via the locals bus. Surprisingly, the actual bus we would ride in was the vehicle which came to my hotel at 3:30 am. After gathering up the pre-booked passengers throughout Nyaung U, it parked by the market where it was filled the rest of the way by locals heading east.
We left Nyaung U with every seat taken, yet over the day we would pick up more passengers – some short run, others long. The aisles filled with little plastic stools for the overflow. Rarely was anyone who flagged us down turned away. So we stayed true to the dictum which is in force across much of southeast Asia – if you can still move or breathe, the bus or minivan is not yet full.
At 3:30 am, looking out at it in the night, the bus appeared old beyond belief, and the inside told me no different. In fact hours later when I saw it in the daylight, it looked fresh and fine on the outside. Still the age of vehicles here is dichotomized by the side the steering wheel is on. If it is on the right, it is pre-1970; if on the left, it was shipped into the country after that time.. Some time after the British were driven out of Burma, the side of the road for driving was abruptly changed.
Winding up the steep precipitous, and pitted, road to Kalaw, one appreciates deeply the skill of the driver, especially when one realizes that he is steering this behemoth from the wrong side of the vehicle..
This route was horrendously wonderful. With half the roadbed eroded away and the remainder pitted, we wound by villages and rice terraces, arriving in the mountain town of Kalaw some 12 hours after starting out.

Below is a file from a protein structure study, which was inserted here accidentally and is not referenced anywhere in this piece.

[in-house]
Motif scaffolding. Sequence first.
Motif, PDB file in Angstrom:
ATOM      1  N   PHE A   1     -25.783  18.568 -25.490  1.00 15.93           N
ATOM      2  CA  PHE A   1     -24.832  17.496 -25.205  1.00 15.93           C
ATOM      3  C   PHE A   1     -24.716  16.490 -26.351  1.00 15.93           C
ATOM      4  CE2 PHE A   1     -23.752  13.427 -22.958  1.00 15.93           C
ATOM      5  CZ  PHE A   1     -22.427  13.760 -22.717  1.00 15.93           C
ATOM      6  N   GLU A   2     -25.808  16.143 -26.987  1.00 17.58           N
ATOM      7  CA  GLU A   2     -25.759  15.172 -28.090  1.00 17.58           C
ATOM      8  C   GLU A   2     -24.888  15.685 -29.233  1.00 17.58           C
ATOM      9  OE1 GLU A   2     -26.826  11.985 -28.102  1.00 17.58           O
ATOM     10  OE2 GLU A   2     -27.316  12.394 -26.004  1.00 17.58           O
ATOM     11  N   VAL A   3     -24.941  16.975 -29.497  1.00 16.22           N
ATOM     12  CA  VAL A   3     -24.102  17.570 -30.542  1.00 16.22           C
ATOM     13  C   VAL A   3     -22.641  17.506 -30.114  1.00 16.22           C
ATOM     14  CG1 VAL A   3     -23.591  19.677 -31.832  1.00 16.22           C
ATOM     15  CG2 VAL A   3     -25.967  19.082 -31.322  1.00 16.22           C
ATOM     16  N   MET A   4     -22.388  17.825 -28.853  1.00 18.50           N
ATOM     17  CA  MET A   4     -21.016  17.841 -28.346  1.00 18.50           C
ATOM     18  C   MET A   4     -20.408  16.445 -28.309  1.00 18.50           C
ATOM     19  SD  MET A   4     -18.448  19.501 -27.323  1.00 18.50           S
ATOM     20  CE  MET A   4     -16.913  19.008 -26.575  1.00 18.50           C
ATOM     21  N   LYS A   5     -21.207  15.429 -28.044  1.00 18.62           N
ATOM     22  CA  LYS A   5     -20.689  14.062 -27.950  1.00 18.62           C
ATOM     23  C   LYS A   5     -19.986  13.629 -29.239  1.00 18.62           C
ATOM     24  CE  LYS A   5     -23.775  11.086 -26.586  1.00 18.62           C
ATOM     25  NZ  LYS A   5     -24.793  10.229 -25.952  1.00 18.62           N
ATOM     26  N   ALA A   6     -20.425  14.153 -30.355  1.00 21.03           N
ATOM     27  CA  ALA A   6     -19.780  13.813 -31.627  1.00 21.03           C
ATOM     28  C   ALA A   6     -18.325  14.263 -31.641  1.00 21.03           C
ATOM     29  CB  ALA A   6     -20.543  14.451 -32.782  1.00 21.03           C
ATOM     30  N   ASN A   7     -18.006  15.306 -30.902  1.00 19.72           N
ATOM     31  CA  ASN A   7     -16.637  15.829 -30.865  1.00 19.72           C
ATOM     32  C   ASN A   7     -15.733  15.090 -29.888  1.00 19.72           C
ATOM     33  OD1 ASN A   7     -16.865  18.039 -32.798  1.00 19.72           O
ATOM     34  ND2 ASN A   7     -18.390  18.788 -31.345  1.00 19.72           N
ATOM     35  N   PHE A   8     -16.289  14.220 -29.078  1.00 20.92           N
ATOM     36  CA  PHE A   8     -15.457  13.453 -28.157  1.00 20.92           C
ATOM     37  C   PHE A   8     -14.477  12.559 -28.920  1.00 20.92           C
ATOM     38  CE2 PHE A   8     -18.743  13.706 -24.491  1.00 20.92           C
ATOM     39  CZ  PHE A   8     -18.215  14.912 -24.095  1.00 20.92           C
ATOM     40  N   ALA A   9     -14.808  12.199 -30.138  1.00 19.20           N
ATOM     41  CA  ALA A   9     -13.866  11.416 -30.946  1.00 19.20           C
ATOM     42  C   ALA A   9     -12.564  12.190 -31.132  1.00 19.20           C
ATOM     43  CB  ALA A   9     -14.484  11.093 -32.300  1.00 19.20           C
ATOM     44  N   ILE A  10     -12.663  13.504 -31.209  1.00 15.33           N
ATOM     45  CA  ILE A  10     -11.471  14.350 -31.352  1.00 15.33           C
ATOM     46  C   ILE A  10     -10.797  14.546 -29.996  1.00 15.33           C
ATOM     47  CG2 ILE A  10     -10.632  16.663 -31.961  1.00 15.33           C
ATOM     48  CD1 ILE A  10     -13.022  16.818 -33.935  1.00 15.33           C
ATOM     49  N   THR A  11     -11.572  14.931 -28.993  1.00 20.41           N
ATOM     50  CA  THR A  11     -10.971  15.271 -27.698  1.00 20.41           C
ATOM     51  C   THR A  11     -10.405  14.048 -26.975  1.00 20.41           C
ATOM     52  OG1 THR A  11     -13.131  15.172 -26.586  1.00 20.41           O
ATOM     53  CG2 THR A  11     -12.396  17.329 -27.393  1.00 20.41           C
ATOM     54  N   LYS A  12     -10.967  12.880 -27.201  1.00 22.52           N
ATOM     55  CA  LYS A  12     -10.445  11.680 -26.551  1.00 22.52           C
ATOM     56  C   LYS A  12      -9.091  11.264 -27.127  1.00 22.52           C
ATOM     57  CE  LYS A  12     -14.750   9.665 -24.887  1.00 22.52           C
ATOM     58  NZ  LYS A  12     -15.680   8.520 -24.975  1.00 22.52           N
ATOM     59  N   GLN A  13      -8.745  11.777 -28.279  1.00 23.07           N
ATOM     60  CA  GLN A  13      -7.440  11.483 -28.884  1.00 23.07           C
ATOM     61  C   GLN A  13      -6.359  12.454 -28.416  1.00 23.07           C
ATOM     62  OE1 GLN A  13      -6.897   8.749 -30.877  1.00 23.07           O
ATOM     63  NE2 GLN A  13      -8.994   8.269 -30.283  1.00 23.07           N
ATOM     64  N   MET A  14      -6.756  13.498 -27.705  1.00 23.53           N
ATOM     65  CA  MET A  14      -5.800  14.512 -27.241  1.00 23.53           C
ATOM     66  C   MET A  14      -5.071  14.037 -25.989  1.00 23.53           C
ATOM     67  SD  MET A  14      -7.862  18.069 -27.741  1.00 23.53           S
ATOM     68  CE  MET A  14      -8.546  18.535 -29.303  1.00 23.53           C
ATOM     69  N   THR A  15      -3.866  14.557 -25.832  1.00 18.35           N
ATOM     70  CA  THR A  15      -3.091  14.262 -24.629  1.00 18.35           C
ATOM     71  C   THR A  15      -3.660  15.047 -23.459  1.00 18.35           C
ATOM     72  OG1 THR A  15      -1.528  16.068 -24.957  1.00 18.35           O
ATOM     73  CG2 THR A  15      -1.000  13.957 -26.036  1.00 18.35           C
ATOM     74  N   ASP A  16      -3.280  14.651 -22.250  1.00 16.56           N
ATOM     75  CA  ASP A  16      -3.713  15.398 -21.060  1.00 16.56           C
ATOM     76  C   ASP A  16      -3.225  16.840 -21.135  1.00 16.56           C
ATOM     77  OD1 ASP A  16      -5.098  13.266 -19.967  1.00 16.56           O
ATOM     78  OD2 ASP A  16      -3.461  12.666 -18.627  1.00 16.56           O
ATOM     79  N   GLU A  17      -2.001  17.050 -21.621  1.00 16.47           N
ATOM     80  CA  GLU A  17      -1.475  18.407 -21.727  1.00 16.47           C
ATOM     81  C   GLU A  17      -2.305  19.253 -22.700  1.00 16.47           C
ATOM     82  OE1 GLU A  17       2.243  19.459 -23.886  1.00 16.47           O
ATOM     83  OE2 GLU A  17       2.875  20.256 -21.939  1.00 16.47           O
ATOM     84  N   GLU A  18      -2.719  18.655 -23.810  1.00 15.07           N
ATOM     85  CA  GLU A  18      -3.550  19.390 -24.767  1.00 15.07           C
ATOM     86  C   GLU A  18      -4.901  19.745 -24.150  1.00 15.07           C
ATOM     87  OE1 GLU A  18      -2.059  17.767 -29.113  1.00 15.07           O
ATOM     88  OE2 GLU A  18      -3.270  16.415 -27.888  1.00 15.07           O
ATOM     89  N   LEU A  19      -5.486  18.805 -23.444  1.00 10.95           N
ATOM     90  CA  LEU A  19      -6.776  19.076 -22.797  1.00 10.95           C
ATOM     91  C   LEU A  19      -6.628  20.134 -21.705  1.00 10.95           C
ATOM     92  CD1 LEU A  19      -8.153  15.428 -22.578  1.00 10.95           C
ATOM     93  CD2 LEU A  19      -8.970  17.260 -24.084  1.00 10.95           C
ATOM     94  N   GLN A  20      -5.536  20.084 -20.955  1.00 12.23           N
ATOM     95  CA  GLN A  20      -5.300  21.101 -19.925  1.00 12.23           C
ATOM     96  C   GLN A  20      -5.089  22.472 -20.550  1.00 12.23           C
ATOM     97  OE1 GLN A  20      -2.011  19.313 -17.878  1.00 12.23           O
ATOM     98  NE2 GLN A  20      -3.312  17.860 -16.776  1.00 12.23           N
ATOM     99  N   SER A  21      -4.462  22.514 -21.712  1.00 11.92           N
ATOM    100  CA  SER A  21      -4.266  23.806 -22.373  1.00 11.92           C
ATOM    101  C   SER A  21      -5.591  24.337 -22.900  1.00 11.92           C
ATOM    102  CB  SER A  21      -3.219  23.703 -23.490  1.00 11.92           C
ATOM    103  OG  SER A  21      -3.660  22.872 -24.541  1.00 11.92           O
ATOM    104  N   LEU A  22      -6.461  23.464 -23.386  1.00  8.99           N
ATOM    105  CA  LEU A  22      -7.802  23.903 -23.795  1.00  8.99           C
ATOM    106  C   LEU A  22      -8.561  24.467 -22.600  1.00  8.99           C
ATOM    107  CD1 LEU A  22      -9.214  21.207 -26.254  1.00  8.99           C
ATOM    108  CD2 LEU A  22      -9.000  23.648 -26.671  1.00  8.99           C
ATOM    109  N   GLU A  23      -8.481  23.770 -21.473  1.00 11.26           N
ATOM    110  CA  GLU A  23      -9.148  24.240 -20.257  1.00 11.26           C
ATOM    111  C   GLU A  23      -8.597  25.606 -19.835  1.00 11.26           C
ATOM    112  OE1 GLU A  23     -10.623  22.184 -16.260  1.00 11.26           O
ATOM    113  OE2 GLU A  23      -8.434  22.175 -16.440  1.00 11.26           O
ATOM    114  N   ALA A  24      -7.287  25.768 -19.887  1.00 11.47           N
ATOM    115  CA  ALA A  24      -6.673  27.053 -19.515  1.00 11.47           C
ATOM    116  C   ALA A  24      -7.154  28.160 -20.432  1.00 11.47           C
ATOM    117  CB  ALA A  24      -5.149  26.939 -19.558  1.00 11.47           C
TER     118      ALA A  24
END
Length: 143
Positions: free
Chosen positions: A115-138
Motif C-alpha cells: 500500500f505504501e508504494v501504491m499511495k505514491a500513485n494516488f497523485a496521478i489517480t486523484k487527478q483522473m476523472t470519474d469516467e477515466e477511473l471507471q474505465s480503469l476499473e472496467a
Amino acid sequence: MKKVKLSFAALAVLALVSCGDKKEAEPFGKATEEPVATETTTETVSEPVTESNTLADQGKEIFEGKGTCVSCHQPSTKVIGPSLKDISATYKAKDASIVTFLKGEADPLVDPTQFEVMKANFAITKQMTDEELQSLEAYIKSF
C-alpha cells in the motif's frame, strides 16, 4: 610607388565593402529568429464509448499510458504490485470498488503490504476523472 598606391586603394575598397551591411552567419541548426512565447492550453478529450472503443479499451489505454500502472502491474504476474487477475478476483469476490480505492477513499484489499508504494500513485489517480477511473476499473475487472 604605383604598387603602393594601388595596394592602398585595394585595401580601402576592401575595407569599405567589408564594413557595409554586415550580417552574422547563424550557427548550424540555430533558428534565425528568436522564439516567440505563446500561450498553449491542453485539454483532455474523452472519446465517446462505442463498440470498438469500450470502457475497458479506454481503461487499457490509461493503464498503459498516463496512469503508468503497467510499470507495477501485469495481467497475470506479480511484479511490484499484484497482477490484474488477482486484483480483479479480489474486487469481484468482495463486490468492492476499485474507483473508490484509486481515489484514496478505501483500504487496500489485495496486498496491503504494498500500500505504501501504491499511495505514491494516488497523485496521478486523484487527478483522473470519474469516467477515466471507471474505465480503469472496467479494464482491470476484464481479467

I had thought I’d do a hike in the hills above Kalaw, guided of course as the paths are convoluted, mysterious, and no one up in the hills would understand my language, nor I theirs. My concern about the popular walk from Kalaw to Inle Lake was the stories of miserably cold nights with too few blankets. But when I talked with my guide to be, he spun a marvelous tale – that because he was hill tribe born we would not encounter that problem. And this proved to be exactly true.
So I did the 40 mile or so walk to Inle, spending the first night in Aung Aung’s native Danu village Ywar Bu at the chief’s house and the second night in a cozy space behind the little shop run by his Auntie’s friend in the Pa O village Pud Tu Bauk. The chance to see and feel the land, and to walk among the hill tribe people in such a way was amazing. When we at last emerged at Inle Lake, I felt connected to the place as I could not have any other way.
And now my time runs short. I will be two more nights in Nyaungshwe, up a muddy looking canal from Inle Lake, then on an overnight bus back to Yangon. Shwe Dagon finally awaits, a perfect culmination so much anticipated.
I have learned much, felt much.
Many of my co-travelers say that Burma has a deep hold on them, that they never entirely leave. I think that this is the truth.